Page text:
Meanwhile, the Moskva disaster may greatly surpass the death toll of the ill-fated Kursk submarine, which sank in 2000, shortly following Vladimir Putin’s coming to power. The catastrophe, in which 118 Russian sailors were killed, caused a nationwide stir in Russia — unlike the current situation.
Satellite Image Pinpoints Russian Cruiser Moskva As She Burned
(Naval News) Analysis of radar satellite imagery has revealed the location of the Moskva soon after she was reportedly hit by 2 missiles. The Russian Navy cruiser was the flagship of the Black Sea Fleet and is a symbolic as well as naval loss for Russia.
Russian warship sinks in the Black Sea after Ukraine claims it was hit by a missile
(CNN) One of the Russian Navy’s most important warships has sunk in the Black Sea, a massive blow to a military struggling against Ukrainian resistance 50 days into Vladimir Putin’s invasion of his neighbor.
Russian state news agency TASS reported Thursday evening that the guided-missile cruiser Moskva had sunk, citing a statement from the Russian Ministry of Defense.
“During the towing of the cruiser Moskva to the port of destination, the ship lost its stability due to hull damage received during a fire from the detonation of ammunition. In the conditions of stormy seas, the ship sank,” the statement said, according to TASS.

12-13 April
Putin Vows To Pursue War to Its ‘Full Completion’ but for the first time he effectively defined a more limited goal of gaining control of the separatist eastern Donbas region rather than the entire country.
Russia is pouring troops and equipment into eastern Ukraine. Ukrainian officials thwarted a Russian cyberattack on Ukraine’s power grid.
Syrians help defend Ukraine against Russia, whose troops are now led by their brutal commander Dvornikov
White Helmets: ‘The time and place have changed, but the victim is the same — civilians — and the killer is the same’
Syrian and Ukrainian organizations have formed a coalition called the Syria Ukraine Network (SUN), Insider reports. Olga Lautman, a senior fellow at the Center for European Policy Analysis, said she’s connecting Syrian groups, ranging from war crime experts to the White Helmets to Ukrainian organizations on the ground in Ukraine so Syrians can pass along advice and best practices on how to navigate attacks on civilians.
“From our experiences in Syria, we might be among those most able to understand the pain of the people of Ukraine,” Raed al-Saleh, head of the Syria Civil Defence force, known as the White Helmets, recently told Agence France-Presse.

7-11 April
Ukraine says tens of thousands killed in Mariupol, accuses Russia of abuses
(Reuters) – Ukraine on Monday said tens of thousands of people have likely been killed in Russia’s assault on the southeastern city of Mariupol while the country’s rights ombudswoman accused Russian forces in the region of torture and executions.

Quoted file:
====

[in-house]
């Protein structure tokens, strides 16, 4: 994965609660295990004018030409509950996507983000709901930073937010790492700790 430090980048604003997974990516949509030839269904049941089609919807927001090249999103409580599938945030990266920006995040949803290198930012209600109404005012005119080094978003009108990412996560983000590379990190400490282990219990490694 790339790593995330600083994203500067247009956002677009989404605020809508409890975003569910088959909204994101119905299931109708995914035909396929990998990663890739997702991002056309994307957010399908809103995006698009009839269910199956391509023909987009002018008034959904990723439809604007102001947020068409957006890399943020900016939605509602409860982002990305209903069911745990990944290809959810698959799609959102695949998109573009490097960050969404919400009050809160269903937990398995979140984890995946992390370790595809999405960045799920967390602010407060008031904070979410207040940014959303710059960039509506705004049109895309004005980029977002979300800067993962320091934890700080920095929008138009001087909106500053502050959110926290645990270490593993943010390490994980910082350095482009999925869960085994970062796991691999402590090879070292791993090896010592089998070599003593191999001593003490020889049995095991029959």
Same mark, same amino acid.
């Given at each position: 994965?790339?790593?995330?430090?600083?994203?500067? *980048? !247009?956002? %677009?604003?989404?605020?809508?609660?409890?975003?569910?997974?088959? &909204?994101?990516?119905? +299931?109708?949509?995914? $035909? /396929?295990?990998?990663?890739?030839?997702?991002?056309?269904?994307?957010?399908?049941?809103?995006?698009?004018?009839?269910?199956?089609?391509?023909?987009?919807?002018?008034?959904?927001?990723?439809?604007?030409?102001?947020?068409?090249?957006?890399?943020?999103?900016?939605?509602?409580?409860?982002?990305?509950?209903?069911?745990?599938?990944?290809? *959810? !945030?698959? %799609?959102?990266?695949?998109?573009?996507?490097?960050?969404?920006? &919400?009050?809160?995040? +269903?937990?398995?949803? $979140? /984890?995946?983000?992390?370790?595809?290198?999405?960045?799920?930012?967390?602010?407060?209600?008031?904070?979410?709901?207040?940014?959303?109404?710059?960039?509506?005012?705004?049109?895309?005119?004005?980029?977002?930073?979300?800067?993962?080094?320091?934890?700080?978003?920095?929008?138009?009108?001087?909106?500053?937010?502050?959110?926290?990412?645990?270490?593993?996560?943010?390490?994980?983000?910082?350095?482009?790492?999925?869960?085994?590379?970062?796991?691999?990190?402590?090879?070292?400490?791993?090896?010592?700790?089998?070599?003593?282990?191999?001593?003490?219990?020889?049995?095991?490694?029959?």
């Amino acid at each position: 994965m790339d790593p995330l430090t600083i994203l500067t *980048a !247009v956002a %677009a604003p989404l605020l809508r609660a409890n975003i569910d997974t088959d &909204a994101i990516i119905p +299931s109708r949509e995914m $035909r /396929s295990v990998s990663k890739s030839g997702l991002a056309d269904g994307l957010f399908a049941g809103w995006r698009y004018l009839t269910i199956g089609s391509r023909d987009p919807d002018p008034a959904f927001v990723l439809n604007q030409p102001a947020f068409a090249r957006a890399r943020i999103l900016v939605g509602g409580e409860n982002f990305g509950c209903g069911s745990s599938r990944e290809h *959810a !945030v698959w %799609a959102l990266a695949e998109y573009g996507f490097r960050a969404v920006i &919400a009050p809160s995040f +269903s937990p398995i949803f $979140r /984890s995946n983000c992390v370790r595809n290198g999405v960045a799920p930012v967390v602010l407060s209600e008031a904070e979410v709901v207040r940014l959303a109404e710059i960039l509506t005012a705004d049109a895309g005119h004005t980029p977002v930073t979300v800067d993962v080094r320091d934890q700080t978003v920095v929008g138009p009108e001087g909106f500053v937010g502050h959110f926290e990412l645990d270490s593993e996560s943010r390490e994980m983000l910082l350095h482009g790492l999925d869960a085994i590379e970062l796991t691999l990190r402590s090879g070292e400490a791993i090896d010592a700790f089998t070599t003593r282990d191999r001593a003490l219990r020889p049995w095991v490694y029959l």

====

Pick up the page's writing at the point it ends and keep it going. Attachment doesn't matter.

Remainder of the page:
Reuters has confirmed widespread destruction in Mariupol but could not verify the alleged crimes or the estimate of those killed in the strategic city, which lies between Russian-annexed Crimea and eastern areas of Ukraine held by Russian-backed separatists.
New Russian war chief will bring more brutality in Ukraine, US warns
Moscow promotes Alexander Dvornikov, who led Russian troops in Syria, as it regroups for Donbas battle
[U.S. national security adviser Jake] Sullivan said Dvornikov’s promotion would lead to more atrocities. “This particular general has a résumé that includes brutality against civilians in other theatres – in Syria – and we can expect more of the same” in Ukraine, he said.
Timothy Snyder: Russia’s genocide handbook
The evidence of atrocity and of intent mounts
Russia has just issued a genocide handbook for its war on Ukraine. The Russian official press agency “RIA Novosti” published last Sunday an explicit program for the complete elimination of the Ukrainian nation as such. It is still available for viewing, and has now been translated several times into English.
As I have been saying since the war began, “denazification” in official Russian usage just means the destruction of the Ukrainian state and nation
Julius Strauss: The Bodies from Srebrenica
The Bosnian war began 30 years ago this week. Some of the parallels with Ukraine are striking.
When the Bosnian war started three decades ago few imagined the horrors that lay ahead.
But perhaps most striking is the flat denial among the aggressors that they have done anything wrong.
When photographs and videos of the killings at Bucha were broadcast this week the Russian government simply put out a statement saying the images were all fakes.
And almost every Bosnian Serb I spoke to during my recent trip to Bosnia – and there were many – said that Srebrenica was not a genocide.

6 April